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‘Scandal’ series finale could’ve been explosive

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After seven years which saw the show’s many peaks and falls, “Scandal” premiered its series finale, titled “Over a Cliff,” on April 19 on ABC.

As one would expect from a successful long-running show that it’d be explosive, nostalgic and provide closure, this finale unfortunately felt underwhelming. Warning: spoilers!

Led by main character Olivia Pope (played by Kerry Washington), showrunner Shonda Rhimes was the creative mind behind this political thriller TV show which premiered back in 2012.

In its seventh and final season, Pope was the Chief of Staff of newly-appointed President Melody “Mellie” Grant (Bellamy Young) and was Command of B613, a secret and dark organization which ran under the White House.

The show’s final few episodes dealt with Vice President Cyrus Beene (Jeff Perry) wanting to have President Grant impeached so he can take the Oval Office for himself, by framing her for hijacking Air Force Two on which he was a passenger on, several episodes ago. He also enlisted NSA Director and B613 associate Jake Ballard (Scott Foley) in his nefarious plan.

What made “Scandal” an intriguing show was that there were no genuinely good or bad characters, its cast instead embracing their complexities.

For instance, while Pope was often championed as a fierce and empowering African-American woman who exuded confidence and style, she also literally beat and killed a wheelchair-bound man with a chair (giving its fifth season’s episode name: “Thwack!”) and even almost poisoning Beene with a drink.

The show also constantly made use of murder, manipulation, coercion, blackmail and ransom in its storylines so that characters can get their ways and move forward.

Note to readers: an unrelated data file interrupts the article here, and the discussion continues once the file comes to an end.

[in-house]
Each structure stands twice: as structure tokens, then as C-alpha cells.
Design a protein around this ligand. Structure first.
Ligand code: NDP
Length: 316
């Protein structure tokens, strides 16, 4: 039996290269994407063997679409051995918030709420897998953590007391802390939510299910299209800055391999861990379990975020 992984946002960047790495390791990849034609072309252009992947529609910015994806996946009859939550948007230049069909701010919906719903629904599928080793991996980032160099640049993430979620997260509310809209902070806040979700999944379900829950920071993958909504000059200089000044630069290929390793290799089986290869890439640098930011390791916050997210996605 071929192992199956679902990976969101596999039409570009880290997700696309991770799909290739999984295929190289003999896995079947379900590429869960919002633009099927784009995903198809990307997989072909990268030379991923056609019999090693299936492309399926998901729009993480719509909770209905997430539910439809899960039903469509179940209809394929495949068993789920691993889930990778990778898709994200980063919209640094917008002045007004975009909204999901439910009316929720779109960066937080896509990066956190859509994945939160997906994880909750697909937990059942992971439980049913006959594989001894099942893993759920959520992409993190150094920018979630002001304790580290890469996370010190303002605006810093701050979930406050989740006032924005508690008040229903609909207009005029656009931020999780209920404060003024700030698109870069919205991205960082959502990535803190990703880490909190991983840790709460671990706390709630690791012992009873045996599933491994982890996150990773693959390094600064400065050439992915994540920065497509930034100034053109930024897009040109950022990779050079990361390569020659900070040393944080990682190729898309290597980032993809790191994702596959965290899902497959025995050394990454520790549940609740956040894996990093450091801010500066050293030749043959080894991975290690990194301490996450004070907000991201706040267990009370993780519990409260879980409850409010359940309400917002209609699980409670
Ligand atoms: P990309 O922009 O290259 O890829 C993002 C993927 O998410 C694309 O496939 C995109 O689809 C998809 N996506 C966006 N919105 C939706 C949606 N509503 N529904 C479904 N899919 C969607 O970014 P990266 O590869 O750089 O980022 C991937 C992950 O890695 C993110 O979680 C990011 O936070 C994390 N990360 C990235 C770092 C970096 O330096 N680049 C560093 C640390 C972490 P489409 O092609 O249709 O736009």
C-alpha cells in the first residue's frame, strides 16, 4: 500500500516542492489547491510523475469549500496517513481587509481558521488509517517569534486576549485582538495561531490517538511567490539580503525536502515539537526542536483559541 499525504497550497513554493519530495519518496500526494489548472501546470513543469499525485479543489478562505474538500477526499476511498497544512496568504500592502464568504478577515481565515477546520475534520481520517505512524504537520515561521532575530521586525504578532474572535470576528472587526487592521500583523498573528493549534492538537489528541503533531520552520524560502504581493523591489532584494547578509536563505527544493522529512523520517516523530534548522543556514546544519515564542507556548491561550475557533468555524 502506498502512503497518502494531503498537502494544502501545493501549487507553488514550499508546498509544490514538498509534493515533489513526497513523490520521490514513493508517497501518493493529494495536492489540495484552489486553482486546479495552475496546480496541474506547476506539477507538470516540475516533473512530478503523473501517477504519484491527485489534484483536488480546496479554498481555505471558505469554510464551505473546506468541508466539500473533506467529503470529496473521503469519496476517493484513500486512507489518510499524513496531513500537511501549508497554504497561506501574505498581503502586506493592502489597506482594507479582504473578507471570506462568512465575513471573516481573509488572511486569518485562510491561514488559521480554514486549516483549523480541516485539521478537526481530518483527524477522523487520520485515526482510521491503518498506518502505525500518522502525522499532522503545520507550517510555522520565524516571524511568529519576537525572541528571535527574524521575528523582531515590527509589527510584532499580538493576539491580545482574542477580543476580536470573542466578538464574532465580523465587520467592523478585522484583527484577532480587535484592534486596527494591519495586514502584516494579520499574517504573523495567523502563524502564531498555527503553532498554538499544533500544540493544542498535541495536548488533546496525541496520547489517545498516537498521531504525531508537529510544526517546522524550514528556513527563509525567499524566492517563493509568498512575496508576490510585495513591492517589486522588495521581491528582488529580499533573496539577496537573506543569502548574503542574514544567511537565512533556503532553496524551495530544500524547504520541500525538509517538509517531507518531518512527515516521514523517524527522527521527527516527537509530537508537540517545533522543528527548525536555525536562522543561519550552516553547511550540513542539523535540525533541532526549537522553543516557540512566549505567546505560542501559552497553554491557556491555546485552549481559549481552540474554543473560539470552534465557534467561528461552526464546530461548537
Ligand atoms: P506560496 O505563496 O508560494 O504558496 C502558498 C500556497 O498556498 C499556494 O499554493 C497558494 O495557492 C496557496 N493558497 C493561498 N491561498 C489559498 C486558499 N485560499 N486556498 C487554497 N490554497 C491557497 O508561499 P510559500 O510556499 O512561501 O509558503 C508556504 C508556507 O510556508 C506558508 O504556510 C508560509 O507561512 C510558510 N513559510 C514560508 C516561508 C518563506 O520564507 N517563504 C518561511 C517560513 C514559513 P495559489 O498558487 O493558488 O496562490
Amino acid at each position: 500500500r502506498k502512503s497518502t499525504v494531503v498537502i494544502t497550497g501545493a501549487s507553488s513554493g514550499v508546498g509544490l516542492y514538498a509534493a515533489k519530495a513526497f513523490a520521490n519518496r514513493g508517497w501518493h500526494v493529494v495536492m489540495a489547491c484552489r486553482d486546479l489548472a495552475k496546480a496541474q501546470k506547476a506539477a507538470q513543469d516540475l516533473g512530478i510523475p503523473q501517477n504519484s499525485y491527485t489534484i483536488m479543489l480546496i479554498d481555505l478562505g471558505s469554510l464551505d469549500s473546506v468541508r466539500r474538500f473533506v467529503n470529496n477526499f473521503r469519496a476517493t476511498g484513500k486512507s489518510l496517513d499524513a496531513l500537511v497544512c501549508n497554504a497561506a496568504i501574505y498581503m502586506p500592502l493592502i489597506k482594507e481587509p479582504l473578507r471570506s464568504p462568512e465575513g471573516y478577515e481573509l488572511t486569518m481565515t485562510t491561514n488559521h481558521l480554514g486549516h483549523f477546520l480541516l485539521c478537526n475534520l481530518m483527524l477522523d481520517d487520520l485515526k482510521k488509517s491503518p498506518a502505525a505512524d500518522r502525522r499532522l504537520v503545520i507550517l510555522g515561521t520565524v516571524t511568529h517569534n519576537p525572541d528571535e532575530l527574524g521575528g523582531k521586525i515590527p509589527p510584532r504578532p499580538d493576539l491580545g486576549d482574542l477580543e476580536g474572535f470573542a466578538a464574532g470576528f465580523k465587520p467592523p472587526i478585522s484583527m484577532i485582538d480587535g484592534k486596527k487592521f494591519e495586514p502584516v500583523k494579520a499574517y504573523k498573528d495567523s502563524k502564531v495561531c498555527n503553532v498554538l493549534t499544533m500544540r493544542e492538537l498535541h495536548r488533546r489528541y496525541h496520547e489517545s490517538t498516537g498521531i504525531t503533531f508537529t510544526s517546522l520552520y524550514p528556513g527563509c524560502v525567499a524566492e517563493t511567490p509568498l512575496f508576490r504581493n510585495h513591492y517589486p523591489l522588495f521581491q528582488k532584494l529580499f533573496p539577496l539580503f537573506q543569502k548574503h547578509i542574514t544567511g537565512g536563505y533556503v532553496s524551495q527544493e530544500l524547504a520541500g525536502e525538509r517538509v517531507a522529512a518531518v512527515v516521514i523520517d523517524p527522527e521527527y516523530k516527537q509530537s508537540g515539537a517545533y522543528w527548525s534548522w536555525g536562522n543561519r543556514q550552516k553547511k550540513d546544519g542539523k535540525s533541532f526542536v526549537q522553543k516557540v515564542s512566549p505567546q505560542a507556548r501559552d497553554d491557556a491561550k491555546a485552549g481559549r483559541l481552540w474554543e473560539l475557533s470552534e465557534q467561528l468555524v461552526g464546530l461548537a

Hence, for the finale, seeing the majority of the characters get a happy ending just felt off.

In “Over a Cliff,” Pope had decided that telling the truth will, almost sounding cliched, set her and her team free, even literally outing B613’s existence to the world on record.

This shocked virtually everyone and Cyrus, desperate for his plan to usurp the Oval, decided to have Ballard kill David Rosen (Joshua Malina), the U.S. Attorney General.

During an intense scene where Rosen ran into a gun-wielding Ballard in a dark parking lot, Rosen surprisingly stood up for himself and refused to be the victim, even insulting Ballard by perceiving him as always doing things on behalf of his superiors like a trained dog.

The finale earned its first frustrating scene where Rosen later naively met with Cyrus who pretended he’d negotiate for a plea deal, only for Rosen to accept an apparently-poisoned alcoholic beverage from him. His death, rather unnecessary and predictable, also felt rushed as the finale quickly moved on other scenes, not giving the character much closure, especially since he’d been on the show since the first season.

Second was when after Pope and her team were finally free and won’t be punished for their crimes (which seemed too good to be true), Quinn Perkins (Katie Lowes) excitedly said that “[We] The good guys won.”

As a loyal “Scandal” viewer, seeing her and Pope’s team as purely good guys was questionable, given their criminal and unethical pasts.

Thirdly, a defeated and alcoholic Cyrus eventually agreed to sign his resignation papers and simply walked out of the Oval, which felt unfair since he rightly deserved far worse punishment for all his despicable actions in the show. Instead, Ballard took the fall for all of Cyrus’ misdeeds and was jailed.

Finally, the show was often remembered for Pope and former President Fitzgerald “Fitz” Grant III’s (Tony Goldwyn) star-crossed romance since its 2012 debut, and both characters have long considered to relocate to Vermont, literally make jam and live the rest of their lives together happily.

But in the finale, we’re never given a single glimpse of that hopeful-sounding future and it ended still in Washington DC, not Vermont.

With Fitz constantly referencing Vermont, and Pope even entertaining that idea several times throughout the show, one would assume the finale would end with them finally living that fantasy out for real.

But it never happened.

But judging from how Pope confidently walked past the White House, the Washington Memorial and the National Museum of African American History and Culture, before meeting Fitz in the show’s final three minutes, it seemed that Shonda Rhimes and Pope’s character both did their best to conclude “Scandal” in a satisfactory manner.

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